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It seems like only yesterday that Bob Hawke and Paul Keating floated the dollar. Australia, the so-called lucky country, made its own luck as our leaders opened up our economy to Asia and the emerging world. Back then, baby boomers began taking their business out of ‘Fortress Australia’; trying their luck on the world stage, often in new lands that weren’t as affluent or familiar as they are today.
While our trade data is dominated by swings in the commodity cycle, some new data from the Australian Bureau of Statistics (ABS) tells us a little bit more about the Australian exporter community and how its members have been affected by the GFC.
From soccer to samba and Carnival to Copacabana, Brazil is seen as an exotic country of liberal excess and partying. However, beyond the beaches and the tourist hedonism, Brazil’s most promising leader to date, President Lula da Silva, has been powering on with economic reform and international strategic alliances that have seen the country emerge relatively unscathed from the GFC. Tim Harcourt reports what this means for the future and where trade with Australia may fit into Brazil’s promising economic outlook.
Foreign investment and domestic jobs have been inextricably linked since Australia’s convict days. Austrade’s Chief Economist Tim Harcourt explains.
As Sydney 2000 illustrated, the Olympic Games present a wonderful opportunity for the host country to channel the attending global attention into commercial momentum. But with the global economy on the slow road to recovery, will Canada be able to parlay the triumph of Vancouver's recently concluded Winter Olympics into sustained business success?
The world is getting much smaller, which is a particularly good thing for Australia, writes Austrade’s Chief Economist Tim Harcourt.
It was widely predicted that 2009 was going to be the year that hit the first world economies the hardest when it came to the Global Financial Crisis (GFC). And for many it did just that. Australia, however, managed to weather the worst of it. Tim Harcourt reports on Australia’s strong export industry and showcases some shining examples of Australian exporters growing in these turbulent times.
According to the latest rankings released by the Australian Bureau of Statistics, China is again our number one trading partner. But it raises the question: Do we have too many eggs in the China basket?
It is generally thought that a soaring Aussie dollar is terrible for exporters. However, as Austrade's Chief Economist Tim Harcourt reveals, there are two sides to every coin.
Ten years ago, Australia’s ‘old economy’ looked to be an emerging liability. In the next ten years, however, this same ‘old economy’ foundation – expertly equipped to fuel the emerging Asian economies – will likely deliver unparalleled opportunities for transformation and national prosperity. So say Tim Harcourt, Chief Economist at Austrade, and Chris Richardson, Director of Access Economics.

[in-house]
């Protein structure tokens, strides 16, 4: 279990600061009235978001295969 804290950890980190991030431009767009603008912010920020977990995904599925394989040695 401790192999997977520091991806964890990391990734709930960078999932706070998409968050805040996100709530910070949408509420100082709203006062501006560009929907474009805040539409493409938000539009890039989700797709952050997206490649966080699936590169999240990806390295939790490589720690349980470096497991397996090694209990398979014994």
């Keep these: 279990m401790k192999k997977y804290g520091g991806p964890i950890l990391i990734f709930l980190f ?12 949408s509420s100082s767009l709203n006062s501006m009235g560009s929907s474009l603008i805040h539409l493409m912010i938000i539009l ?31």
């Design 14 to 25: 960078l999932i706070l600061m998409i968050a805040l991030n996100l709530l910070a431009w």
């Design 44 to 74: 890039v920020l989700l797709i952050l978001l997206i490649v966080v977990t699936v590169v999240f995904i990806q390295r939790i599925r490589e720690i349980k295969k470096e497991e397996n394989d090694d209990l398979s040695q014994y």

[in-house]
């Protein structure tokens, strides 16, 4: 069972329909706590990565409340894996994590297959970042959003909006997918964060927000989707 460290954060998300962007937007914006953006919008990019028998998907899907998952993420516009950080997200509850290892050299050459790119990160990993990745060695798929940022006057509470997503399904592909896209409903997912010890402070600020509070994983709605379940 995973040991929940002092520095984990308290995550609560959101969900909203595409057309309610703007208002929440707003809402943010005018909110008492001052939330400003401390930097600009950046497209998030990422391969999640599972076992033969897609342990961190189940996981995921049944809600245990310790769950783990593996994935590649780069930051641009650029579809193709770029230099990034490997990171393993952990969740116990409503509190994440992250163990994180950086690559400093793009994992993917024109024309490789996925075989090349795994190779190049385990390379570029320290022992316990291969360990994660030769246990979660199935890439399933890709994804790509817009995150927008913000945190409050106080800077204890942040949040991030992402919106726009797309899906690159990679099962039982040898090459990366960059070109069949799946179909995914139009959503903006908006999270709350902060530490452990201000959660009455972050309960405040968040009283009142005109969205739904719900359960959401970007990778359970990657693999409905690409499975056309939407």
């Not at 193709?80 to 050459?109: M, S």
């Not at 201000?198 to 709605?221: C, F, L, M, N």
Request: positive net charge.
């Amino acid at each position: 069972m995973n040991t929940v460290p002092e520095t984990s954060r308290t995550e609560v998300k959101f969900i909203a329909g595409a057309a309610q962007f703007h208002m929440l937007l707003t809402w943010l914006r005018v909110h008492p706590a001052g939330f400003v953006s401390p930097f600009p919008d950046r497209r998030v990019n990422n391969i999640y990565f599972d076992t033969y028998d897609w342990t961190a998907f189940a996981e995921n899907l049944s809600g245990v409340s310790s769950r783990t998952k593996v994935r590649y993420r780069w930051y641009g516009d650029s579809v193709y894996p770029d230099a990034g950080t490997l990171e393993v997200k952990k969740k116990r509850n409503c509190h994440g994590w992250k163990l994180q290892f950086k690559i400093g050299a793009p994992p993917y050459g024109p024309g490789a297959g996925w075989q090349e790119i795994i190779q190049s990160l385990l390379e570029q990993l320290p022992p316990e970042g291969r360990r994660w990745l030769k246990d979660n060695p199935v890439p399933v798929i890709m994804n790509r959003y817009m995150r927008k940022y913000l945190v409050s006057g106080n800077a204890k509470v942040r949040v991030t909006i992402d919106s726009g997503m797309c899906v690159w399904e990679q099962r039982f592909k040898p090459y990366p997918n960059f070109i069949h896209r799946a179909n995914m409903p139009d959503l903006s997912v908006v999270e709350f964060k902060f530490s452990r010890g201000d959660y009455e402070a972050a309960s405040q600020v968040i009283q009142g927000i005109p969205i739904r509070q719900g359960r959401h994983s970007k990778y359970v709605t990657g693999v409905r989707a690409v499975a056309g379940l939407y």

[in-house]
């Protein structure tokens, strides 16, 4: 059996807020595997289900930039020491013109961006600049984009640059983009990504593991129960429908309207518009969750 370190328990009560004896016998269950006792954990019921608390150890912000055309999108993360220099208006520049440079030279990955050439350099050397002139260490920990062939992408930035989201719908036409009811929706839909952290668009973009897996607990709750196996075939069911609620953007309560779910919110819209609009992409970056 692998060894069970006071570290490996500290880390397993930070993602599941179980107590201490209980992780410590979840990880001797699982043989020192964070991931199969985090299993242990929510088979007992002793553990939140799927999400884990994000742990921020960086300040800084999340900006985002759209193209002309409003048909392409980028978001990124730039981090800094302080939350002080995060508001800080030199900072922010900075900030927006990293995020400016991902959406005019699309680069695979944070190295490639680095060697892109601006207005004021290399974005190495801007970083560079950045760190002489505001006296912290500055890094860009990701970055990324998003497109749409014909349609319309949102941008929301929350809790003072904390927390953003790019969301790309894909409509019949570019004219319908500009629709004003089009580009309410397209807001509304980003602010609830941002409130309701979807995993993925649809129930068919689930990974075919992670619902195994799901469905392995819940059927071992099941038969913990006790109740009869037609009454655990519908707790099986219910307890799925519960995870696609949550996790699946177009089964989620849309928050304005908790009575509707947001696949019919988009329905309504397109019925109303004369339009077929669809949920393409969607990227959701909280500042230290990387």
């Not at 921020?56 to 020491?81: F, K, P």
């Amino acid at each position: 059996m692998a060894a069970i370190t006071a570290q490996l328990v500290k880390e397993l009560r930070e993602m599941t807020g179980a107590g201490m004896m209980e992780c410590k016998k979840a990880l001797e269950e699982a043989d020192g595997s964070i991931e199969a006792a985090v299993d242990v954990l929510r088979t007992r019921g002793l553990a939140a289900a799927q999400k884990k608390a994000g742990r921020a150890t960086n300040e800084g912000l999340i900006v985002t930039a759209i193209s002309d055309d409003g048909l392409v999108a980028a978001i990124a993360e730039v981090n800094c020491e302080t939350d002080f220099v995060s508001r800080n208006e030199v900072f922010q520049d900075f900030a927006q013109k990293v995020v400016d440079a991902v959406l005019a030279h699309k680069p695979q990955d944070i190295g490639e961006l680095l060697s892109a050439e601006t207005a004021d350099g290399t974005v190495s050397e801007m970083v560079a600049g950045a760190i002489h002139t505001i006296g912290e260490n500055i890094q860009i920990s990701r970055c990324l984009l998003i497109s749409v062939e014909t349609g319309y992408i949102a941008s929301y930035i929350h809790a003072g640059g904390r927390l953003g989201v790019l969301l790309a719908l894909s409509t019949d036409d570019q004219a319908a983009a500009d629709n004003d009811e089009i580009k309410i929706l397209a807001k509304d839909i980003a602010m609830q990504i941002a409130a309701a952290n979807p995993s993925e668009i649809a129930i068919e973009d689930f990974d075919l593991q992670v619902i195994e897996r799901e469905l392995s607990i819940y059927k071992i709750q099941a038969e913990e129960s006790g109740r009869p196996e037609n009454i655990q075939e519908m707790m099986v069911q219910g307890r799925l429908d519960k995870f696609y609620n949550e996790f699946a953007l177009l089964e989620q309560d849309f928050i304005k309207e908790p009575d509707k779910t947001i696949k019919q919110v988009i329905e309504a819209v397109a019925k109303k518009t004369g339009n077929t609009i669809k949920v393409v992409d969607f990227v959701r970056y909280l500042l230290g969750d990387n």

Climate change is already remaking the global economy. The changes that Australia has to make in order to become a responsible and competitive player in this greener global marketplace are comparable to the liberal economic reforms made in the 1980s, says Austrade’s chief economist, Tim Harcourt.
Chicago used to have a reputation for lawlessness and corruption. But, as Austrade’s chief economist Tim Harcourt reveals, it’s now a top-tier global business town and a place where Australian companies are shining.
The latest DHL Export Barometer reveals that, far from dropping like flies in the current environment, Australian companies that export are weathering the storm remarkably well. Why? Because of their commitment to education and human capital.
Australia is top of the pops when it comes to perception. Look at most of the global brand surveys from Anholt to Future Brand....
So how did 'The Great Recession' on Monday become "The Great Recovery' by Friday? Well it didn't, but in between the beginning and end of the week, we did have a remarkable run of good data to boost our spirits (such evidence is now better known as 'green shoots' after US Federal Reserve Chairman Ben Bernanke used the term to describe a positive run of data showing signs of a possible recovery).
At a time of global economic uncertainty, the issue of trade and employment is becoming the focus of public debate - particularly with news of large scale redundancies in the media. If this trend continues, there is the risk of increased calls for protectionism here in Australia (as has already occurred in the USA). This is a concern because we all know what has happened in the past when the world has returned to protectionism - mass unemployment, inequality and conflict extending well beyond the trade sphere.
Chile, the “jaguar” economy of South America, holds a newly-minted Free Trade Agreement with Australia. The Airport Economist, Tim Harcourt, explains why this is good news on both sides of the South Pacific Ocean.
Australian exports to China and India are booming on the back of insatiable demand for commodities. However, that’s not the full picture. Tim Harcourt...
For years, Australian entrepreneurs dreamed of riding the Chinese dragon. Now, at last, Aussie SMEs are too busy wheeling and dealing in China to...
China has been the economic panda in the room for over a decade. Now, in the spring preceding the Beijing Olympics, foreign export opportunities...
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